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8 Nov 2007

CRB becomes Panagene distributor

Cambridge Research Biochemicals (CRB) has signed an agreement with Panagene to become the UK distributor for high purity peptide nucleic acids (PNA) oligomers. PNAs have many applications in bio-procedures, diagnostics, and anti-gene therapies.

PNAs are synthetic analogues of DNA, and are available in quantities ranging from 50 nmole to gram-scale. They are synthesized on solid phase using Panagene’s patented BTS chemistry. Panagene has the worldwide exclusive license obtained from the Copenhagen Inventor Group (CIG) that invented custom PNA in 1991. CRB also offers custom PNA labelled with a variety of reporter molecules such as fluorescent dyes and Biotin.

Emily Humphrys, Commercial Director at CRB, said, ‘We are continually aiming to expand our product offering to our customers, and this latest deal ensures we are able to provide one of the hottest technologies. This adds custom PNA synthesis, catalogue PNA monomers and custom PNA microarrays to our already extensive portfolio of custom peptide synthesis offering.’

Dr Mike Gait, a consultant for Panagene, who has a research group at the MRC Laboratory of Molecular Biology in Cambridge involved in PNA synthesis in biological applications, says: ‘I am delighted that CRB, which is a leading supplier of peptides and antibodies, has approved a distribution agreement with Panagene, who hold the exclusive world rights to sales of synthetic PNA. This will hopefully make PNA much more readily available in the UK and Europe than hitherto, and help advance research into PNA as potential therapeutics. I saw that such a partnership might be a good match and I was very happy to make the appropriate introductions.’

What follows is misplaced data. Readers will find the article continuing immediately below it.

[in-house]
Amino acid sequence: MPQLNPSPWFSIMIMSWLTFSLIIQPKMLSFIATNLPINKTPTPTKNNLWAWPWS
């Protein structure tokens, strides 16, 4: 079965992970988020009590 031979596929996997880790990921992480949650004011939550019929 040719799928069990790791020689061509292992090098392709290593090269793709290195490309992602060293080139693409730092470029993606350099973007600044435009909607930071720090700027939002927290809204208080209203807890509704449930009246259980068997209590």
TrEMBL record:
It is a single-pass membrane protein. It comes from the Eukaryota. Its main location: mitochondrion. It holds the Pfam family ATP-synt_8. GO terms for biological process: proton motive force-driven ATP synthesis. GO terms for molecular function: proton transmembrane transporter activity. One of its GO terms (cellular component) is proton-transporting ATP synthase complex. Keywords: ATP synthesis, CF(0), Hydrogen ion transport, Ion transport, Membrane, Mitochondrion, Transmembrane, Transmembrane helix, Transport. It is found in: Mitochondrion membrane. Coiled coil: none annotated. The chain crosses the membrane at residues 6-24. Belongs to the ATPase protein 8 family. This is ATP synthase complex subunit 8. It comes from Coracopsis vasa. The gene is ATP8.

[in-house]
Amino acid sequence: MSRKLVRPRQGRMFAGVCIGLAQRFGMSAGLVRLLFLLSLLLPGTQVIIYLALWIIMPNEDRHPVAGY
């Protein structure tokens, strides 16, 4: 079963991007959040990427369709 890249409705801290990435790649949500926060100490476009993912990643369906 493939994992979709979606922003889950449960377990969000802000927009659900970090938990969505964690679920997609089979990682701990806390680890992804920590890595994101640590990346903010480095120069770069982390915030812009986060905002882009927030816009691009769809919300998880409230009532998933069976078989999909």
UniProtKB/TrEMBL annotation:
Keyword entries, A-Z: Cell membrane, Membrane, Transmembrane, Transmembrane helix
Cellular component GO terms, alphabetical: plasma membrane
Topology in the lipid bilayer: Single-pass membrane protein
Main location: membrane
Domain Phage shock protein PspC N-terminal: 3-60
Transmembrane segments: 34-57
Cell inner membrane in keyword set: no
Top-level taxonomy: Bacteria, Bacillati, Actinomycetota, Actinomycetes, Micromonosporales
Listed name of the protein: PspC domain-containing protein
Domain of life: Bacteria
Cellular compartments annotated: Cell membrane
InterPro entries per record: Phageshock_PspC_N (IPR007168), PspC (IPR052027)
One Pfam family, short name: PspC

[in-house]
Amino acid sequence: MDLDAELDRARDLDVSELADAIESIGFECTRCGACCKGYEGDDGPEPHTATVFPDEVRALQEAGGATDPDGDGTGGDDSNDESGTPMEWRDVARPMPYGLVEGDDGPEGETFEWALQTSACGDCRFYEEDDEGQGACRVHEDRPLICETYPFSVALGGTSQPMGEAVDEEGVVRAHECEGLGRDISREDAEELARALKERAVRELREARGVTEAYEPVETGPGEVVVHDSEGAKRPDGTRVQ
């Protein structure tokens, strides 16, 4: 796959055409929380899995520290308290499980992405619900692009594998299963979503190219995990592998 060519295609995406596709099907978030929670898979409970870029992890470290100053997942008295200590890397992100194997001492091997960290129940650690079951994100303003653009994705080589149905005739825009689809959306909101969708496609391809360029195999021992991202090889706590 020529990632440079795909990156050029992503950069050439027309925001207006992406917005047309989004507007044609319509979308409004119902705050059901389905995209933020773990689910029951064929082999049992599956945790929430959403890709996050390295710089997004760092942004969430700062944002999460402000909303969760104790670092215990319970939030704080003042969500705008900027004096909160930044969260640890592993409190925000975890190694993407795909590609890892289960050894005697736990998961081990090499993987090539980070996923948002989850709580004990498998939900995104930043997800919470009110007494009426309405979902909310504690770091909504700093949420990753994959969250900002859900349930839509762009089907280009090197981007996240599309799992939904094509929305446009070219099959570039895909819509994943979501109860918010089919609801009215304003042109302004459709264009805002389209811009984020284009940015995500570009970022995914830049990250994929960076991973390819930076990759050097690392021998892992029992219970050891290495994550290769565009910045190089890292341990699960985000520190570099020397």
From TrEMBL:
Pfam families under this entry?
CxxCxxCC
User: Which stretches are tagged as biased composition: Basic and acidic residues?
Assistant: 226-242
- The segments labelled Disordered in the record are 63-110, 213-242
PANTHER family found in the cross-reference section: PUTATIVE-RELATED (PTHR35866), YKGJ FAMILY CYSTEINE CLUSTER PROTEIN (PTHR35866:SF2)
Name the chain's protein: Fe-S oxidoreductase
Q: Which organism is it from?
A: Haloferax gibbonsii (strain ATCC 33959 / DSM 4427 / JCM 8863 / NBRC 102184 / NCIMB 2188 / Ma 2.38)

PNA oligomers are able to form very stable complexes with complementary DNA and RNA. They are also resistant to nucleases (and proteases) and so are potentially ideal reagents for antisense and antigene applications. Labelled PNAs also have applications in molecular diagnostics and as probes in microarrays.

Although PNAs work well in cell free systems, poor cellular uptake can limit their use in the regulation of gene expression in cell culture and in vivo. The conjugation of PNA to peptides, to lipophilic molecules and to cell-specific receptor ligands offers new ways to surmount this problem. CRB are ideally placed to advise on and supply such conjugates.